It should be emphasized that astronomical new moon describes a phase of complete invisibility before the first sliver of the crescent is visible. Yet we know in Maya terms that the moon’s “arrival” was its first appearance to the naked eye, as discussed above, and as indicated by the visual forms of several HUL logograms (Prager 2020). It is very difficult to see the young waxing crescent of the moon within 24 hours of astronomical new moon, in fact, suggesting that visibility with the naked eye during the night spanning March 11 and 12 would have been extremely unlikely. The night of March 13 is a more likely time for the moon’s true “arrival” and visibility. If we align these lunar phenomena with the different correlation constants for 220.127.116.11.0, we have:
584283, night of March 11, 761 – Astronomical new moon (invisible)
584284, night of March 12, 761 – initial waxing crescent, minimal visibility
584285, night of March 13, 761 – waxing crescent, newly visible
584286, night of March 14, 761 – one day after visibility
Here we see that the moon record on Stela F, explicitly stating that the moon “arrived yesterday,” accords best with either the 584285 (March 13) or perhaps even more so with the 584286 correlation (March 14) proposed by Martin and Skidmore (2012).
The ak’biiy huliiy date on Zoomorph O’ is the accession of the ruler we know as “Sky Xul,” on 18.104.22.168.18 9 Edznab 1 Kankin. In the 584283 correlation this falls on October 9, 785. New moon, the period of invisibility, had occurred just before midnight on October 7, into October 8, and would have continued for another 24 hours. First visibility would most likely have been no earlier than the night of October 10 or 11.
New Moon First Quarter Full Moon Last Quarter
Oct 7 23:02 Oct 15 17:35 Oct 22 08:42 Oct 29 12:08
(dates and times in Universal Time minus 6 hours).
Using the 584285 constant, the accession date is October 11, and with the 584286 it falls on October 12. The ak’biiy statement on Zoomorph O’ therefore is in keeping with either of these correlations, but not so much with the 584283. Of the two, the 584286 may even seem more fitting, marking the arrival of the moon, or first visibility, on October 11. Zoomorph G celebrated the Period ending 22.214.171.124.0 5 Ahau 3 Muan, only 22 days after the accession of Sky Xul. Its moon age is recorded is recorded as 23 days, precisely what we would expect if we reckon from Zoomorph O’ and its ak’biiy statement of the moon being first visible on October 11. It is worth noting that these two uses of ak’biiy at Quirigua also correlate well with the probable eclipse record at Santa Elena Poco Uinic Stela (July 16, 790), which seems best anchored in the 584286 correlation, as discussed by Martin and Skidmore (2012).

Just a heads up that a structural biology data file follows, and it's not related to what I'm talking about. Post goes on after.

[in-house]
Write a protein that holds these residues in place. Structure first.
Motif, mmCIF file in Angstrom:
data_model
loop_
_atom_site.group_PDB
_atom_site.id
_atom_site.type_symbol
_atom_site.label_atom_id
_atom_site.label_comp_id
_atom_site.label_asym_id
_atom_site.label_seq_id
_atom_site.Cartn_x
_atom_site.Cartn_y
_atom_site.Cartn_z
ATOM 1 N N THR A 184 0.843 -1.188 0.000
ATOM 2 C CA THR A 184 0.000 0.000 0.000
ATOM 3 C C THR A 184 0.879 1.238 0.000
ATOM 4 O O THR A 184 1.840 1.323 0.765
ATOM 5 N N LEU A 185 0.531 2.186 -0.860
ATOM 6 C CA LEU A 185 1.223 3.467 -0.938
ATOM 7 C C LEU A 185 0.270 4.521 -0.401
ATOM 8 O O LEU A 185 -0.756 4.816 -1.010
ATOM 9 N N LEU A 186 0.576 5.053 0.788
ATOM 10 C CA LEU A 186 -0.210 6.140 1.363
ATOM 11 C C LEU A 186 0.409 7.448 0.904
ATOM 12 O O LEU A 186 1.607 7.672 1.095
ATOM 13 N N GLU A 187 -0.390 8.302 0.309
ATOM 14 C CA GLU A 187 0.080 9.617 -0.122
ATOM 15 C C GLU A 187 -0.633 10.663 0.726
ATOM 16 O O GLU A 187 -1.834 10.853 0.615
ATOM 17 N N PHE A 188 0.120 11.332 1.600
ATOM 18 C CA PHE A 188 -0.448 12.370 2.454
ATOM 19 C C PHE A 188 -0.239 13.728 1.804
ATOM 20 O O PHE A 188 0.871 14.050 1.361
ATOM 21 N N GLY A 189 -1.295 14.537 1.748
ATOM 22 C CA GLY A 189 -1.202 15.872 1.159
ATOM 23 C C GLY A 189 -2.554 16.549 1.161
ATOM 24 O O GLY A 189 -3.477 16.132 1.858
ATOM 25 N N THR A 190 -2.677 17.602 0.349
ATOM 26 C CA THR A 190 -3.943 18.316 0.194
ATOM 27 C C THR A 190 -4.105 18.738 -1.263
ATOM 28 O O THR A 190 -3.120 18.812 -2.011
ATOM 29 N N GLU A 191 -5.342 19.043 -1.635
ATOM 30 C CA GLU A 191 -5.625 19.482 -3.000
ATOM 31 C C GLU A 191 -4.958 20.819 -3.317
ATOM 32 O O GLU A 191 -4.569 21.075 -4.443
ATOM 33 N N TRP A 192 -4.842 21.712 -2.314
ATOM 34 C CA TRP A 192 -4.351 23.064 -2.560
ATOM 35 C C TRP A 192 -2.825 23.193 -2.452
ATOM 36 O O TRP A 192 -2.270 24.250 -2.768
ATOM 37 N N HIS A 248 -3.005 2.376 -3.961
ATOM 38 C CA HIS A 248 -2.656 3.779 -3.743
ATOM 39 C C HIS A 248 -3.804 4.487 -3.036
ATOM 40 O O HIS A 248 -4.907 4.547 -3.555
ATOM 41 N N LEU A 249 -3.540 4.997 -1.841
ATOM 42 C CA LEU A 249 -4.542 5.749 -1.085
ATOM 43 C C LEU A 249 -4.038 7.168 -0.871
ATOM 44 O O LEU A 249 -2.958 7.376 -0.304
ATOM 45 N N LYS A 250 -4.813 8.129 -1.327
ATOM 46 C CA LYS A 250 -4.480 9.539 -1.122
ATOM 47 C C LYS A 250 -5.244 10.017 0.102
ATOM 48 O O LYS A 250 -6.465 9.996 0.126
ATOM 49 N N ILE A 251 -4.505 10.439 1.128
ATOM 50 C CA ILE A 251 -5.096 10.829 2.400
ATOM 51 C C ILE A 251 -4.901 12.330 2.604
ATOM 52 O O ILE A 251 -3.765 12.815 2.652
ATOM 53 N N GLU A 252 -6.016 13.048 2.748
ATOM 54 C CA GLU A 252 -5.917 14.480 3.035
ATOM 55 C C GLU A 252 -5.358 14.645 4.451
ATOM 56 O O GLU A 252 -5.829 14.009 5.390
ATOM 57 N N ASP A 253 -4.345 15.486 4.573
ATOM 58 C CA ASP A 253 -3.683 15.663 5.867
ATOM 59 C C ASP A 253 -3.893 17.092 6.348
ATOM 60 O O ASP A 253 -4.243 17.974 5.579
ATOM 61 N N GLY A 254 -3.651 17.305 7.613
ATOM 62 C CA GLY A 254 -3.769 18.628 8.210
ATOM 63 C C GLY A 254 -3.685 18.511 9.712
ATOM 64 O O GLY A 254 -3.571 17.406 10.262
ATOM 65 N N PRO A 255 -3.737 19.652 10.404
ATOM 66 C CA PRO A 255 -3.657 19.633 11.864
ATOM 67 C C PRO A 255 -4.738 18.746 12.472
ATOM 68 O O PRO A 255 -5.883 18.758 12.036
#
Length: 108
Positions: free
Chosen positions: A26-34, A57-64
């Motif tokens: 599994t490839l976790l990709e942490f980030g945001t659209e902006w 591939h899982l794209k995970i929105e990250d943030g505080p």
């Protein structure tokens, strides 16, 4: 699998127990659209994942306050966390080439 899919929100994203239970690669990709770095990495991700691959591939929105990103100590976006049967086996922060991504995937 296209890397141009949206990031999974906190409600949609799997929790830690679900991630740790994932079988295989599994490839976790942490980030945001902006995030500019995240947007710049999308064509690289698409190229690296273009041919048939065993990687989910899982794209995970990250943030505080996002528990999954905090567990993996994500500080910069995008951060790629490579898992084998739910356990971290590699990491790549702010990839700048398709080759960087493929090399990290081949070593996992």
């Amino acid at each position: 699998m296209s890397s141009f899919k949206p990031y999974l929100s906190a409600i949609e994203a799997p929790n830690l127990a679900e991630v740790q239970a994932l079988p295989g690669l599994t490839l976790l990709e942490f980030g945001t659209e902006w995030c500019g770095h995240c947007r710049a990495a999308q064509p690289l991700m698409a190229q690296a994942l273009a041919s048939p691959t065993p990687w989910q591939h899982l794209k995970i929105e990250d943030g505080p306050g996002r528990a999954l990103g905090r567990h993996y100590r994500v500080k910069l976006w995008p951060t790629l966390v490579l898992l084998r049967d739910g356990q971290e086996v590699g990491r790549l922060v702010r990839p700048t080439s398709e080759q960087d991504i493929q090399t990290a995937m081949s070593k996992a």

These are only cursory observations about the correlation issue, and far more thought needs to go into these questions. The main point to stress is that, until recently, Maya epigraphers simply classified the two glyphs we can now read as ak’biiy and sahmiiy as general indicators of “new moon.” Now we can be more precise about their meanings. One is “earlier today,” and another is “yesterday.” The implications of these decipherments should be pondered further, for they might help in fine-tuning the correlation of the ancient Maya calendar with our own.
Kaufman, Terence, and John Justeson. 2003. A Preliminary Mayan Etymological Dictionary.
Kaufman, Terrence, and William Norman., 1984. An Outline of Proto-Cholan Phonology, Morphology and Vocabulary. In: J.S. Justeson and Lyle Campbell (eds.), Phoneticism in Mayan Hieroglyphic Writing, 77-166. Institute for Mesoamerican Studies Publication No. 9. SUNY, Albany.
Keller, Kathryn, and Plácido Luciano G.. 1997. Diccionario Chontal de Tabasco (Mayense). Serie de Vocabularios y Diccionarios Idígenas “Mariano Silva y Aceves,” Número 36. Tucson: Summer Institute of Linguistics.
Knowles, Susan Marie. 1984. A Descriptive Grammar of Chontal Maya (San Carlos Dialect). Ph.D. Dissertation, Tulane University.
Martin, Simon, and Joel Skidmore. 2012. Exploring the 584286 Correlation between Maya and European Calendars. The PARI Journal 13(2):3-16.
MacLeod, Barbara. 1990. Deciphering the Primary Standard Sequence. Ph.D. Dissertation, Department of Anthropology, University of Texas, Austin, TX.
Morán, Pedro [sic]. 1935. Arte y diccionario en lengua cholti. Edited by William Gates. Maya Society publ. 9.
Prager, Christian. 2020. A New Logogram for “to Arrive” – Implications for the Decipherment of the Month Name Cumku. Textdatenbank und Wörterbuch des Klassischen Maya, Research Note 13. Universität Bonn.
by David Stuart (The University of Texas at Austin)
This brief note presents evidence for the decipherment of Maya hieroglyphic sign syllable k’o in Maya hieroglyphic writing (Figure 1). While not a common element of the script, it has enough appearances and varied contexts to allow for a number of significant new textual readings and understandings, some of them touched upon here. Seeing this sign as a CV syllable represents a change of heart in my own thinking regarding the sign’s function, which earlier I had assumed to be a logogram of unknown value (Stuart 2012). Its syllabic function now seems clear however, based on substitution patterns and in light of the discovery of Altar 5 from La Corona, where it appears in a previously unknown verb spelling that strongly indicates a k’o value (Stuart, Canuto, Barrientos and Gonzalez 2018).